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Analytical Review of Korean Royal Cuisine as Viewed through the Darye for Princess Bokon and Recorded in Gabo Jaedong Jemuljeongnyechaek

「갑오 재동 제물정례책(甲午 齋洞 祭物定例冊)」에 기록된 복온공주의 다례를 통해 살펴본 궁중음식 고찰

  • Lee, So-Young (Institute of Korean Royal Cuisine) ;
  • Han, Bok-Ryo (Institute of Korean Royal Cuisine)
  • 이소영 (사단법인 궁중음식연구원) ;
  • 한복려 (사단법인 궁중음식연구원)
  • Received : 2019.09.06
  • Accepted : 2019.10.16
  • Published : 2019.10.31

Abstract

This study investigates the Gabo Jaedong Jemuljeongnyechaek, which is the recording of the darye executed over a period of a year in 1834 ($34^{th}$ year of reign by King Sunjo) in the latter part of the Joseon Dynasty, two years after the death of Princess Bokon, the $2^{nd}$ daughter of King Sunjo. Accordingly, we examined the types of darye (tea ceremonies) and the characteristics of the composition of foods at ancestral rites of the royal families of Joseon. Moreover, we also analyzed the cooking methods and characteristics of food terminologies used in the darye. This includes 39 categories of food and ingredients used for tea ceremonies held for one year, on behalf of the deceased Princess Bokon in 1834. The darye for the monthly national holiday was held along with the darye on the $1^{st}$ and the $15^{th}$ day of every month. The darye for rising up and the birthday darye were held on May $12^{th}$ and October $26^{th}$ of the lunar calendar, being the anniversaries of the death and the birth of Princess Bokon, respectively. The birthday darye and the darye for New Year's Day, Hansik ($105^{th}$ day after winter solstice), Dano ($5^{th}$ day of the $5^{th}$ month of the lunar calendar), and Thanksgiving "Chuseok" were held in the palace and at the burial site of the Princess. During the darye for rising up in May and the Thanksgiving darye at the burial site in August, rituals offering meals to the deceased were also performed. The birthday darye at the burial site of Princess Bokon featured the most extensive range of foods offered, with a total of 33 dishes. Foods ranging 13~25 dishes were offered at the national holiday darye, while the darye on the $1^{st}$ and the $15^{th}$ of the month included 9~11 food preparations, making them more simplified with respect to the composition of foods offered at the ceremony, in comparison to the national holiday darye. The dishes were composed of ddeok, jogwa, silgea, hwachae, foods such as tang, jeok, jjim, hoe, and sikhae, and grain-based foods such as myeon, mandu, and juk. Foods offered at the burial site darye included 12~13 dishes comprising ban, tang, jochi, namul, chimchae, and jang. Meals offered at the darye had a composition similar to that of the daily royal table (sura). Darye recorded in the Jemuljeongnyechaek displayed characteristics of the seasonal foods of Korea. Jemuljeongnyechaek has detailed recordings of the materials, quantities, and prices of the materials required for preparations of the darye. It is quite certain that Jemuljeongnyechaek would have functioned as an essential reference in the process of purchasing and preparing the food materials for the darye, that were repeated quite frequently at the time.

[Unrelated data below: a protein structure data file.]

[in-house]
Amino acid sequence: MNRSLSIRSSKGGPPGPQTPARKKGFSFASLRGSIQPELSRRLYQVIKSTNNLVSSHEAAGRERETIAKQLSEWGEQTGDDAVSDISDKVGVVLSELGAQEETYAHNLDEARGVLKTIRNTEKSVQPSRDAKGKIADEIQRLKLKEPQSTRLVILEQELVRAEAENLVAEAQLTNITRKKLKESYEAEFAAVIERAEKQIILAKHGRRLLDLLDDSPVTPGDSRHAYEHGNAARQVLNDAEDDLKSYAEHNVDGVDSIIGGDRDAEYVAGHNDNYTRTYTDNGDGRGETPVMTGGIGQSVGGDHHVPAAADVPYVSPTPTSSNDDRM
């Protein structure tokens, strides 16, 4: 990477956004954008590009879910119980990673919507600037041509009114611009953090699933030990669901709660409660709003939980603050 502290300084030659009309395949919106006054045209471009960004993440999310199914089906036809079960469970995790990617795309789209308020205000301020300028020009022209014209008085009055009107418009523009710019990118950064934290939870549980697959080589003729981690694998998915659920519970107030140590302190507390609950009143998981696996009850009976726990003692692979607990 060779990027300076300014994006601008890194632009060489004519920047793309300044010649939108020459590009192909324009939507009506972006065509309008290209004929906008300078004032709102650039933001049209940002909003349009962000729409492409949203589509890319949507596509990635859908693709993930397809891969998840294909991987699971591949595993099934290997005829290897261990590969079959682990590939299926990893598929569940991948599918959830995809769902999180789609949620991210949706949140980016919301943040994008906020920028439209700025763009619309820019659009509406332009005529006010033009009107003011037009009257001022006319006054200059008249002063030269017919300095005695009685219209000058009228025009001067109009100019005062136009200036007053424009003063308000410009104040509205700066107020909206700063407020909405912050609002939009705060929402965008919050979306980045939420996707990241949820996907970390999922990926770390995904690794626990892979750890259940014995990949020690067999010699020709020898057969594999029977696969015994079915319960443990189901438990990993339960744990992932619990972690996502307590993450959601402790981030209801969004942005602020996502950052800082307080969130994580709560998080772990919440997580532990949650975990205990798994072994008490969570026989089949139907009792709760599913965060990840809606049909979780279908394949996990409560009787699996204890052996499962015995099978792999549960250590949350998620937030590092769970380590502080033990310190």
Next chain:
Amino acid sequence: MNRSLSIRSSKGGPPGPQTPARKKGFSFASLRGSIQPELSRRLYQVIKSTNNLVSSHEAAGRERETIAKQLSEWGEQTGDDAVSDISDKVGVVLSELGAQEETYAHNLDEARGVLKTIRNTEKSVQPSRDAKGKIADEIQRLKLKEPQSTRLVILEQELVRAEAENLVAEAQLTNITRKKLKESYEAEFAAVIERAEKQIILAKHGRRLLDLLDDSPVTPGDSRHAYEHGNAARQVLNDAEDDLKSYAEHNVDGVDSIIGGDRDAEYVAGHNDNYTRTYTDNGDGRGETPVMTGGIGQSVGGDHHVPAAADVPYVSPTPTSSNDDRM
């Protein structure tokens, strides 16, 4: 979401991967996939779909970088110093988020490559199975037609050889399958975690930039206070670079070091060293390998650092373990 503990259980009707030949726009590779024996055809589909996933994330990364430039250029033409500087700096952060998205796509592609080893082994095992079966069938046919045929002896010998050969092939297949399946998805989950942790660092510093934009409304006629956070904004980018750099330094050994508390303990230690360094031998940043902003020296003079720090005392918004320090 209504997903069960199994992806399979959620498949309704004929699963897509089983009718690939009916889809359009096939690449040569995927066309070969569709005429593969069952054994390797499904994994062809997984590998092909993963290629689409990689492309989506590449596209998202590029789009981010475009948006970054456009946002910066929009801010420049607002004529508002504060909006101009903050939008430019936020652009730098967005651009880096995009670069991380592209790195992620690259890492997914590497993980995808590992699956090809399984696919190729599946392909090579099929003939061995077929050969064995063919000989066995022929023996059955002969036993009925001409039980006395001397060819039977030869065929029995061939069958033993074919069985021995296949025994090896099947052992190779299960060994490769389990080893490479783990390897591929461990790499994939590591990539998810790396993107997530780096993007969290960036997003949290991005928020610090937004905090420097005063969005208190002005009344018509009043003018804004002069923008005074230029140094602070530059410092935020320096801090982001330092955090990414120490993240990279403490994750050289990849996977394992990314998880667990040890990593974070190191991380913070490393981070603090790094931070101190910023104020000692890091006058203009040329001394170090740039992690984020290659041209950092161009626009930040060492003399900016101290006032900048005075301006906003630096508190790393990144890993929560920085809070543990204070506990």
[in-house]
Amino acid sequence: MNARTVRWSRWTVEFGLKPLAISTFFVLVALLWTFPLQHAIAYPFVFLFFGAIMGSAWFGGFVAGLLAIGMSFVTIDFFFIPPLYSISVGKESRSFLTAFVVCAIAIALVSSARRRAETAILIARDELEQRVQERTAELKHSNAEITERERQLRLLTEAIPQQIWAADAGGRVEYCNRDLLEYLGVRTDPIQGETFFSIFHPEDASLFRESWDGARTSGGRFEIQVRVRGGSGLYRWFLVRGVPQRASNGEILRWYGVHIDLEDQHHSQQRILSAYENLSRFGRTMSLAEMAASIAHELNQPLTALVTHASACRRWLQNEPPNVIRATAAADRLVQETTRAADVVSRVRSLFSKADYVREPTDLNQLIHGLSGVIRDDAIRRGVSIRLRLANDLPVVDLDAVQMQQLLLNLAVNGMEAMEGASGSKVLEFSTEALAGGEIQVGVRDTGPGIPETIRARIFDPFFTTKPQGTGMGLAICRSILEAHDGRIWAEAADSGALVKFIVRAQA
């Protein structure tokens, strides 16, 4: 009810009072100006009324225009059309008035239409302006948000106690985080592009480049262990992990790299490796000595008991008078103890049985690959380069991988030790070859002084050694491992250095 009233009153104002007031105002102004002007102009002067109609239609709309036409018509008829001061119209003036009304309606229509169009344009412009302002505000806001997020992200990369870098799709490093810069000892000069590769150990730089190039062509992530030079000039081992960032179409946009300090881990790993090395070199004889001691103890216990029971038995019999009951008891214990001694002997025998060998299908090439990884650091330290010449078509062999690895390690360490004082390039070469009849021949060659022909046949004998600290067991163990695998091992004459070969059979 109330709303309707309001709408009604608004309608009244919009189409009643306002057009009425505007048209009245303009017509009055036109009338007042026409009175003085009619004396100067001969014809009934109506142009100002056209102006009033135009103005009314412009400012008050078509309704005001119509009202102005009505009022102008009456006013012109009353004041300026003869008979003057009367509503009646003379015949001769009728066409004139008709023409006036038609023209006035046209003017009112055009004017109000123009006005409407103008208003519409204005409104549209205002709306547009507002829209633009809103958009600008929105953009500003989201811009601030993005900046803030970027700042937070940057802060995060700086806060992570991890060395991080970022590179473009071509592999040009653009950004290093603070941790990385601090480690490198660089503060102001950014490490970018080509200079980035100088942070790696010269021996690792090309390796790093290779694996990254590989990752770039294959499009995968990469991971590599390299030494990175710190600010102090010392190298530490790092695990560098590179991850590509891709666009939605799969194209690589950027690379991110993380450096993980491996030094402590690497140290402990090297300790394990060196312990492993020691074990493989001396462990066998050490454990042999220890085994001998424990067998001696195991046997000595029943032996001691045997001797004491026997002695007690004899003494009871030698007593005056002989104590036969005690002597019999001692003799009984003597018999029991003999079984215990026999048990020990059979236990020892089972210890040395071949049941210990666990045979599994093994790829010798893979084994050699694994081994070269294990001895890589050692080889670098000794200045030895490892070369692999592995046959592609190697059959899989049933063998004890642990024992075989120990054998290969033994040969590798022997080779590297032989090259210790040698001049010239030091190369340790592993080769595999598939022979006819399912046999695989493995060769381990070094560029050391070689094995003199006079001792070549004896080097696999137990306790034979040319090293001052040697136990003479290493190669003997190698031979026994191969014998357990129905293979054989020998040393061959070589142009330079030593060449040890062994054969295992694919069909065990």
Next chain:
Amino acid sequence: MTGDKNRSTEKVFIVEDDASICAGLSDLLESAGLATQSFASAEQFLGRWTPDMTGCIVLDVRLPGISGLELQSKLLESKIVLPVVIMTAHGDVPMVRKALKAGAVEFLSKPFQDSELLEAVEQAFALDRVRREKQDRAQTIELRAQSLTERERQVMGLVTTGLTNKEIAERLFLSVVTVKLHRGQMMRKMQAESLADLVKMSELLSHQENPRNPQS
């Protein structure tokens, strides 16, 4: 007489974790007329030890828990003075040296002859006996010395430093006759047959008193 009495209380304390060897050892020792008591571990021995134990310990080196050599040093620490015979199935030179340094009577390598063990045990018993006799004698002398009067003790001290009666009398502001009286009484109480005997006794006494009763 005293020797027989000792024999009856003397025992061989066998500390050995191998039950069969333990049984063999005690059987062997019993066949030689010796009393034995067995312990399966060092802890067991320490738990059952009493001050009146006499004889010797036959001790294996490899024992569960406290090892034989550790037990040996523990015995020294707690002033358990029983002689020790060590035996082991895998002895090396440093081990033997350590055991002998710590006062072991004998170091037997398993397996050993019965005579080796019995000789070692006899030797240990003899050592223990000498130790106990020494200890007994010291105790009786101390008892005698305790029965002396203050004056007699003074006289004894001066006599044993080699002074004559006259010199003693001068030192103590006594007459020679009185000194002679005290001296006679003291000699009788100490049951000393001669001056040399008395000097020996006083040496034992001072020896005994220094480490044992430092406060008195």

Keywords

Darye [誅禮];gyuasang;jemuljeongnyechaek [祭物定例冊];jesa;Korean royal cuisine;sura

Acknowledgement

Supported by : 재단법인 궁중음식문화재단

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